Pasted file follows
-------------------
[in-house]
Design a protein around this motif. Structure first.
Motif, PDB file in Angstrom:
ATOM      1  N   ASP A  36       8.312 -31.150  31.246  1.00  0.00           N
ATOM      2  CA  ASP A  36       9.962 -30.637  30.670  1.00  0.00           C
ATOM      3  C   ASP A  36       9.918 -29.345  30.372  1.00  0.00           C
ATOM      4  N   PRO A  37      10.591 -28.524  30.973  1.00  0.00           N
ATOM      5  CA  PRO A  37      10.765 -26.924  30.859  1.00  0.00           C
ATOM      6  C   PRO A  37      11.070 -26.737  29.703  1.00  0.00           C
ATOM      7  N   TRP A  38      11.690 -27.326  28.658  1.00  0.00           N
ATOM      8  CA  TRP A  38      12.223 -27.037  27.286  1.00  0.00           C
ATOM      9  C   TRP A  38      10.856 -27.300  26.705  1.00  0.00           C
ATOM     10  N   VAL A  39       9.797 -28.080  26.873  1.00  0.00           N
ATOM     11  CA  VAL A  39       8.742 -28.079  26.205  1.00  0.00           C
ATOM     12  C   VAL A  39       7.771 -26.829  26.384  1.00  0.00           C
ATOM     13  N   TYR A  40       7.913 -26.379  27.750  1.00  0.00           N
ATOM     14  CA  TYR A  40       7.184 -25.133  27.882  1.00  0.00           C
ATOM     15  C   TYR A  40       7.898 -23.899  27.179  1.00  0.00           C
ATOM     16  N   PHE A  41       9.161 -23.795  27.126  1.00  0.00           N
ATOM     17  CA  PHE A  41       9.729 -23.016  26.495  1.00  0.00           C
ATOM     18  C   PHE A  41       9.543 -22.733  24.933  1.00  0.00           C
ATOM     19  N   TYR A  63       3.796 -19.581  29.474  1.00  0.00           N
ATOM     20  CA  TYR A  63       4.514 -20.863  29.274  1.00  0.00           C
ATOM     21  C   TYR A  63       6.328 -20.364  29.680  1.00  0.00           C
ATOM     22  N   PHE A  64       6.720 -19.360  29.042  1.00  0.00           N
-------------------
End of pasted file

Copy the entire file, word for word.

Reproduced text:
[in-house]
Design a protein around this motif. Structure first.
Motif, PDB file in Angstrom:
ATOM      1  N   ASP A  36       8.312 -31.150  31.246  1.00  0.00           N
ATOM      2  CA  ASP A  36       9.962 -30.637  30.670  1.00  0.00           C
ATOM      3  C   ASP A  36       9.918 -29.345  30.372  1.00  0.00           C
ATOM      4  N   PRO A  37      10.591 -28.524  30.973  1.00  0.00           N
ATOM      5  CA  PRO A  37      10.765 -26.924  30.859  1.00  0.00           C
ATOM      6  C   PRO A  37      11.070 -26.737  29.703  1.00  0.00           C
ATOM      7  N   TRP A  38      11.690 -27.326  28.658  1.00  0.00           N
ATOM      8  CA  TRP A  38      12.223 -27.037  27.286  1.00  0.00           C
ATOM      9  C   TRP A  38      10.856 -27.300  26.705  1.00  0.00           C
ATOM     10  N   VAL A  39       9.797 -28.080  26.873  1.00  0.00           N
ATOM     11  CA  VAL A  39       8.742 -28.079  26.205  1.00  0.00           C
ATOM     12  C   VAL A  39       7.771 -26.829  26.384  1.00  0.00           C
ATOM     13  N   TYR A  40       7.913 -26.379  27.750  1.00  0.00           N
ATOM     14  CA  TYR A  40       7.184 -25.133  27.882  1.00  0.00           C
ATOM     15  C   TYR A  40       7.898 -23.899  27.179  1.00  0.00           C
ATOM     16  N   PHE A  41       9.161 -23.795  27.126  1.00  0.00           N
ATOM     17  CA  PHE A  41       9.729 -23.016  26.495  1.00  0.00           C
ATOM     18  C   PHE A  41       9.543 -22.733  24.933  1.00  0.00           C
ATOM     19  N   TYR A  63       3.796 -19.581  29.474  1.00  0.00           N
ATOM     20  CA  TYR A  63       4.514 -20.863  29.274  1.00  0.00           C
ATOM     21  C   TYR A  63       6.328 -20.364  29.680  1.00  0.00           C
ATOM     22  N   PHE A  64       6.720 -19.360  29.042  1.00  0.00           N